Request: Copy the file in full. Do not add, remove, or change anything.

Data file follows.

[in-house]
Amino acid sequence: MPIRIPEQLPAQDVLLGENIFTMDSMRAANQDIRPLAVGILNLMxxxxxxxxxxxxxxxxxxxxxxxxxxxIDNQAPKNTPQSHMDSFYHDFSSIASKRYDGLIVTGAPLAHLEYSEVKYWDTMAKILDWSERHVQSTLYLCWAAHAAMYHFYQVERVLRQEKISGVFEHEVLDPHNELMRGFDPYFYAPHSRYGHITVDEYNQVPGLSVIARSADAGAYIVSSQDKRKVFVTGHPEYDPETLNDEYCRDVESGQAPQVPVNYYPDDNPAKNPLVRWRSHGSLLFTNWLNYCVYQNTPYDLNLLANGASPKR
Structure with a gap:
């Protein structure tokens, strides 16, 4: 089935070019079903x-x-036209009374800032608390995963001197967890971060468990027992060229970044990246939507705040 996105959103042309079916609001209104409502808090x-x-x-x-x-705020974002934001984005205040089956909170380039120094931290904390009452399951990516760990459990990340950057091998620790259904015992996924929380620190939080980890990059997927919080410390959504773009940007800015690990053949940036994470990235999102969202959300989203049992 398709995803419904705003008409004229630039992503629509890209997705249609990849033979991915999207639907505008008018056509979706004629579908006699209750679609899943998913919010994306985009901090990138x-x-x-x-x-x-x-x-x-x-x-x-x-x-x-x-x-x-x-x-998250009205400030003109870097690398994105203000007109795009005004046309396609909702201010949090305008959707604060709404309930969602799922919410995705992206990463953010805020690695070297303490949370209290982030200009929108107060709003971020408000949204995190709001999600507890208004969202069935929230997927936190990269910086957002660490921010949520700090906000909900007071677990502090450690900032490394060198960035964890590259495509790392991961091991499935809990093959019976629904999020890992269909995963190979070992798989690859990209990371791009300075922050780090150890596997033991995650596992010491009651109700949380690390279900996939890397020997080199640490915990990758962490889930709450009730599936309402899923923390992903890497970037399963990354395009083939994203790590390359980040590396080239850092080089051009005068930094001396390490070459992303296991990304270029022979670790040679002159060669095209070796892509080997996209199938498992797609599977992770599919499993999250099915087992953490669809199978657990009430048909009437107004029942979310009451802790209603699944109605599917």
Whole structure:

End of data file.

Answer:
[in-house]
Amino acid sequence: MPIRIPEQLPAQDVLLGENIFTMDSMRAANQDIRPLAVGILNLMxxxxxxxxxxxxxxxxxxxxxxxxxxxIDNQAPKNTPQSHMDSFYHDFSSIASKRYDGLIVTGAPLAHLEYSEVKYWDTMAKILDWSERHVQSTLYLCWAAHAAMYHFYQVERVLRQEKISGVFEHEVLDPHNELMRGFDPYFYAPHSRYGHITVDEYNQVPGLSVIARSADAGAYIVSSQDKRKVFVTGHPEYDPETLNDEYCRDVESGQAPQVPVNYYPDDNPAKNPLVRWRSHGSLLFTNWLNYCVYQNTPYDLNLLANGASPKR
Structure with a gap:
């Protein structure tokens, strides 16, 4: 089935070019079903x-x-036209009374800032608390995963001197967890971060468990027992060229970044990246939507705040 996105959103042309079916609001209104409502808090x-x-x-x-x-705020974002934001984005205040089956909170380039120094931290904390009452399951990516760990459990990340950057091998620790259904015992996924929380620190939080980890990059997927919080410390959504773009940007800015690990053949940036994470990235999102969202959300989203049992 398709995803419904705003008409004229630039992503629509890209997705249609990849033979991915999207639907505008008018056509979706004629579908006699209750679609899943998913919010994306985009901090990138x-x-x-x-x-x-x-x-x-x-x-x-x-x-x-x-x-x-x-x-998250009205400030003109870097690398994105203000007109795009005004046309396609909702201010949090305008959707604060709404309930969602799922919410995705992206990463953010805020690695070297303490949370209290982030200009929108107060709003971020408000949204995190709001999600507890208004969202069935929230997927936190990269910086957002660490921010949520700090906000909900007071677990502090450690900032490394060198960035964890590259495509790392991961091991499935809990093959019976629904999020890992269909995963190979070992798989690859990209990371791009300075922050780090150890596997033991995650596992010491009651109700949380690390279900996939890397020997080199640490915990990758962490889930709450009730599936309402899923923390992903890497970037399963990354395009083939994203790590390359980040590396080239850092080089051009005068930094001396390490070459992303296991990304270029022979670790040679002159060669095209070796892509080997996209199938498992797609599977992770599919499993999250099915087992953490669809199978657990009430048909009437107004029942979310009451802790209603699944109605599917």
Whole structure: